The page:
From The Economist: “Every month Debbie Varnam of Shallotte, North Carolina, must pay a doctor’s bill. It is not for treatment. Ms Varnam is a “nurse practitioner”, a nurse with an additional postgraduate degree who is trained to deliver primary care. North Carolina, like many states, does not allow nurse practitioners to offer all the services they are trained to provide. Ms Varnam cannot, for example, prescribe the shoes diabetics often need to prevent the skin on their feet from breaking down. To do so, she needs the approval of a doctor. So Ms Varnam employs one. For about $1,000 a month, the doctor reviews and signs forms that Ms Varnam sends him. The doctor, she says, has a similar arrangement with five other offices…” Read more here.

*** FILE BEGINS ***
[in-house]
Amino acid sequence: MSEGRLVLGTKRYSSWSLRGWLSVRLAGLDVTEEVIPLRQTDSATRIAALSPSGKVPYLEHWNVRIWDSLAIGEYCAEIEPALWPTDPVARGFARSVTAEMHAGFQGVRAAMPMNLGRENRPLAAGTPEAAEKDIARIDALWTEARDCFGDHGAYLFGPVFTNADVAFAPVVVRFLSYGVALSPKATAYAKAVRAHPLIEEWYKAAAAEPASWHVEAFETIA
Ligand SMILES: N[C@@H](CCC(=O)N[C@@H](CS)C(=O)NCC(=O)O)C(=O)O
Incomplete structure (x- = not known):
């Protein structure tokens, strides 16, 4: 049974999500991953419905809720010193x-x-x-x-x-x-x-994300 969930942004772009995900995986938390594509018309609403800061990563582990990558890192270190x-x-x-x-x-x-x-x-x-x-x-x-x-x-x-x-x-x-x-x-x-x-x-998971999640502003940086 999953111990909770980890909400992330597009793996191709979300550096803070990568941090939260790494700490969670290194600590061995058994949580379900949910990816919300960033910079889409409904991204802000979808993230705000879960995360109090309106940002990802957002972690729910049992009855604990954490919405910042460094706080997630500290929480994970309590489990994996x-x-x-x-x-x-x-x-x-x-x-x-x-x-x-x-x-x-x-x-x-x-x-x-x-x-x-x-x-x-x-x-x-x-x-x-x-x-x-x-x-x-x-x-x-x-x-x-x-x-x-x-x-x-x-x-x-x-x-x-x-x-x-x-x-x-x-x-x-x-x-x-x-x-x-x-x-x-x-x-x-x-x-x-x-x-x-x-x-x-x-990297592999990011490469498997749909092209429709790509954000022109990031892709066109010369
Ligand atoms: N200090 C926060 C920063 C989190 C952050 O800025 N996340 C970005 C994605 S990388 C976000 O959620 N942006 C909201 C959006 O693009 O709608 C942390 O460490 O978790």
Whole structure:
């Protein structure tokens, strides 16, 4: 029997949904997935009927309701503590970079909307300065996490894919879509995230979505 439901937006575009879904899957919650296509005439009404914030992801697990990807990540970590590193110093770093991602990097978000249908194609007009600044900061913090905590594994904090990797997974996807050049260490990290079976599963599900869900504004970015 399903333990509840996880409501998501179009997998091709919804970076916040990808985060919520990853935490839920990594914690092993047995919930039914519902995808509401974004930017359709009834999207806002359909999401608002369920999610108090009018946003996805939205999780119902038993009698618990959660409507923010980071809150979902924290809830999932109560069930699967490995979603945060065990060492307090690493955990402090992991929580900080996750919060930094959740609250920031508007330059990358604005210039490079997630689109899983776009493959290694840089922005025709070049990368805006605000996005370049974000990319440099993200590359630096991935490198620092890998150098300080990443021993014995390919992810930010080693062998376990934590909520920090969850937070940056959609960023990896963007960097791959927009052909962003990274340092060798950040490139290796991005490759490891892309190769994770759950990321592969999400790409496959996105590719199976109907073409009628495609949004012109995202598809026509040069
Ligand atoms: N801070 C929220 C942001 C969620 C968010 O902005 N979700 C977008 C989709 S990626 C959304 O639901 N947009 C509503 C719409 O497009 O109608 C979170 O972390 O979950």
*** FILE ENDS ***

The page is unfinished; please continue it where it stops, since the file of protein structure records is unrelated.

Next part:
This recent article hints to one of Dr. Dick M. Carpenter’s most famous research efforts at Institute for Justice, License to Work (2nd ed.), which “is the most comprehensive look to date at licensing burdens for lower-income occupations. It measures burdens for 102 lower-income occupations across all 50 states and the District of Columbia and finds that licensing laws can pose substantial difficulties for job seekers and would-be entrepreneurs. On average, these laws require nearly a year of education and experience, one exam, and over $260 in fees.” Read more here.